House Bill 971 bars state regulators like the Montana Department of Environmental Quality from including analyses of greenhouse gas emissions and climate impacts, both within and outside Montana’s borders, when conducting comprehensive reviews of large projects.
Per EPA sideboards, the disbursements can go only to a governmental agency or a coalition that includes a governmental entity. Such entities could include a state agency such as the DEQ, a county government or a city government. Tribal governments are also eligible, Harbage said, noting that four tribal governments in Montana applied for and received planning grants similar to the one DEQ received. They include the Chippewa Cree Indians of the Rocky Boy’s Reservation, the Northern Cheyenne, the Blackfeet, and the Fort Peck Reservation’s Assiniboine and Sioux tribes.
During the question-and-answer period that followed DEQ’s presentation, members of the public suggested a wide range of projects that DEQ might consider incorporating in its plan, ranging from solar panel installations on school rooftops to expansion of existing programs that provide homeowners with no- or low-interest loans for renewable energy installations. Electrifying city vehicle fleets, providing rebates for e-bike purchases and transitioning to energy-efficient LED lighting were also discussed.
One attendee recommended that DEQ consider partnering with Montana State University researchers to explore ways to reduce farmers’ reliance on fertilizers. Agriculture is one of Montana’s largest industries and the leading contributor to greenhouse gas emissions, according to a 2021 analysis included in DEQ’s presentation. Another attendee referenced the state’s No. 2 carbon-emitting industry, electricity generation, with a nascent proposal that seeks to pair hydrogen production and nuclear energy with carbon capture at the Colstrip coal-fired power plant.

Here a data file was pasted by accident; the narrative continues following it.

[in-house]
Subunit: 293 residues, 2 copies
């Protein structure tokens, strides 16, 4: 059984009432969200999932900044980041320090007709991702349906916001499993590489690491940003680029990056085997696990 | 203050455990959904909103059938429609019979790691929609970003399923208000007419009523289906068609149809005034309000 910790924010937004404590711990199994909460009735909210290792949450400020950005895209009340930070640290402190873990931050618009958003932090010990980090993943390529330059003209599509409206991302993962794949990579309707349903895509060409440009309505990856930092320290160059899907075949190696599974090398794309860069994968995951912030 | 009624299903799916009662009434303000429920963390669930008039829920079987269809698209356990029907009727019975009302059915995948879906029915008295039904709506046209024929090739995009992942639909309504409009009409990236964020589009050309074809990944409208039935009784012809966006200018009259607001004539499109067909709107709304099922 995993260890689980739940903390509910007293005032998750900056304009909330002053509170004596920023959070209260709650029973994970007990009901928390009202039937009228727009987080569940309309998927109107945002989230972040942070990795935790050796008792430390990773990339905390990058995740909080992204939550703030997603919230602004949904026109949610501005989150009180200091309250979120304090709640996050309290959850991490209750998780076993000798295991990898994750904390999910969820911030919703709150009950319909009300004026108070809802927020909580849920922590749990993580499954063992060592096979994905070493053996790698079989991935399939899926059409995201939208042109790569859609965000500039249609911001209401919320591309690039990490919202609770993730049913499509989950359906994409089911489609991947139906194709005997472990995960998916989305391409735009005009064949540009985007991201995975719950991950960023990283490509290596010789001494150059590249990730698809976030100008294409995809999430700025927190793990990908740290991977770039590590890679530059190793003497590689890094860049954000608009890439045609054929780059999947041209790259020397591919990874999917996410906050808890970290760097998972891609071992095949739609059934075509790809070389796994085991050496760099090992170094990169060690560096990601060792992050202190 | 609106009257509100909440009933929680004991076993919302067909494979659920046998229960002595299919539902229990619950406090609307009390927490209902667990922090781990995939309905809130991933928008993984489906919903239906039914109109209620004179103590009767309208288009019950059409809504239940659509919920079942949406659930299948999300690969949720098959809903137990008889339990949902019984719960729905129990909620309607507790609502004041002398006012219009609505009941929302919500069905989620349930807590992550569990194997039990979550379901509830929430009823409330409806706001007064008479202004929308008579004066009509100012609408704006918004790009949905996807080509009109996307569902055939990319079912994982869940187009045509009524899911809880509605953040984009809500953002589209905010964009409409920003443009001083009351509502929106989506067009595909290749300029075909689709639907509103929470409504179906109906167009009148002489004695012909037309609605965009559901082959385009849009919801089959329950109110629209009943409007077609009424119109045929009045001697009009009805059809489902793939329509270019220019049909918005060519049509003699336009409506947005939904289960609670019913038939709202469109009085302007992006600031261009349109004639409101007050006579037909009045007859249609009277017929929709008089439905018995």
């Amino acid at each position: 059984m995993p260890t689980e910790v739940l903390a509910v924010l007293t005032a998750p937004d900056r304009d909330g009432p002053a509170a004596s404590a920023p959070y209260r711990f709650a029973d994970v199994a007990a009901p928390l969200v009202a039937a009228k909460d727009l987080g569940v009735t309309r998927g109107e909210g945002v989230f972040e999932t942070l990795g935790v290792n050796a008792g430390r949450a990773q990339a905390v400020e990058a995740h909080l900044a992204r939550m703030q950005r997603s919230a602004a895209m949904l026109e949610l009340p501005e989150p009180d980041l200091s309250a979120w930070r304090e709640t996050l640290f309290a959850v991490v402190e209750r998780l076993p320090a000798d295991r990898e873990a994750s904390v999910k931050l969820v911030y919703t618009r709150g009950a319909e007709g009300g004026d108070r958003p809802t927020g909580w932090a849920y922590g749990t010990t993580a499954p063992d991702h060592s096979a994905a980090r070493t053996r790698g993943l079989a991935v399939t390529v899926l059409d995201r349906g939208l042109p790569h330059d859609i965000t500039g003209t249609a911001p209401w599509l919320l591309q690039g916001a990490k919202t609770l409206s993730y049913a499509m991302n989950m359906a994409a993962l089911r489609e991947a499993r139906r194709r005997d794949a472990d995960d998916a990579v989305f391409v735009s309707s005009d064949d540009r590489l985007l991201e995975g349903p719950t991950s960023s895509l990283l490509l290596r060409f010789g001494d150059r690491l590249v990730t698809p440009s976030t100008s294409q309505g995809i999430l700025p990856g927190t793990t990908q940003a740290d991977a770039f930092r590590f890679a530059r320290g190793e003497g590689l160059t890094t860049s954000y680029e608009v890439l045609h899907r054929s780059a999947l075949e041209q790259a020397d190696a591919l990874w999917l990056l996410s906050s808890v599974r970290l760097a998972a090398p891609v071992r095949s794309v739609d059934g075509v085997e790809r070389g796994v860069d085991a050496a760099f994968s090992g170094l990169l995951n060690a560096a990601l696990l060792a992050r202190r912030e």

Asked if DEQ’s plan will incorporate recommendations made by the Montana Climate Solutions Council, appointed by former Gov. Steve Bullock in 2019, Harbage said the agency has reviewed existing climate planning material in the state’s possession.
“I think any climate efforts that have taken place to date are open,” she said, underscoring DEQ’s preference for a non-regulatory, innovative, voluntary approach.
Harbage also noted that DEQ has recently hired a coordinator to facilitate the planning and grant application process.
Since a homeless shelter was cleared out in November just outside of the Helena city limits, new camps made up of tents and tarps have popped up within the city parks, on sidewalks and in alleyways, sparking community concerns about public safety while also highlighting the growing unsheltered crisis.
Before Tim Sheehy was the frontrunner in Montana’s Republican primary for U.S. Senate, the ex-Navy SEAL, aerial firefighter, millionaire business owner, part-time rancher and occasional political donor was a 2004 graduate of a Minneapolis-St. Paul area private high school who grew up in a lake house outside Minnesota’s Twin Cities.
Missoula author Debra Magpie Earling carried the seeds of a story about Sacajewea for years. When she walked away from teaching at the University of Montana, she finally made the mental space to bring it to fruition. The result is this year’s “The Lost Journals of Sacajewea.” Earling talks about imagination and history with MTFP…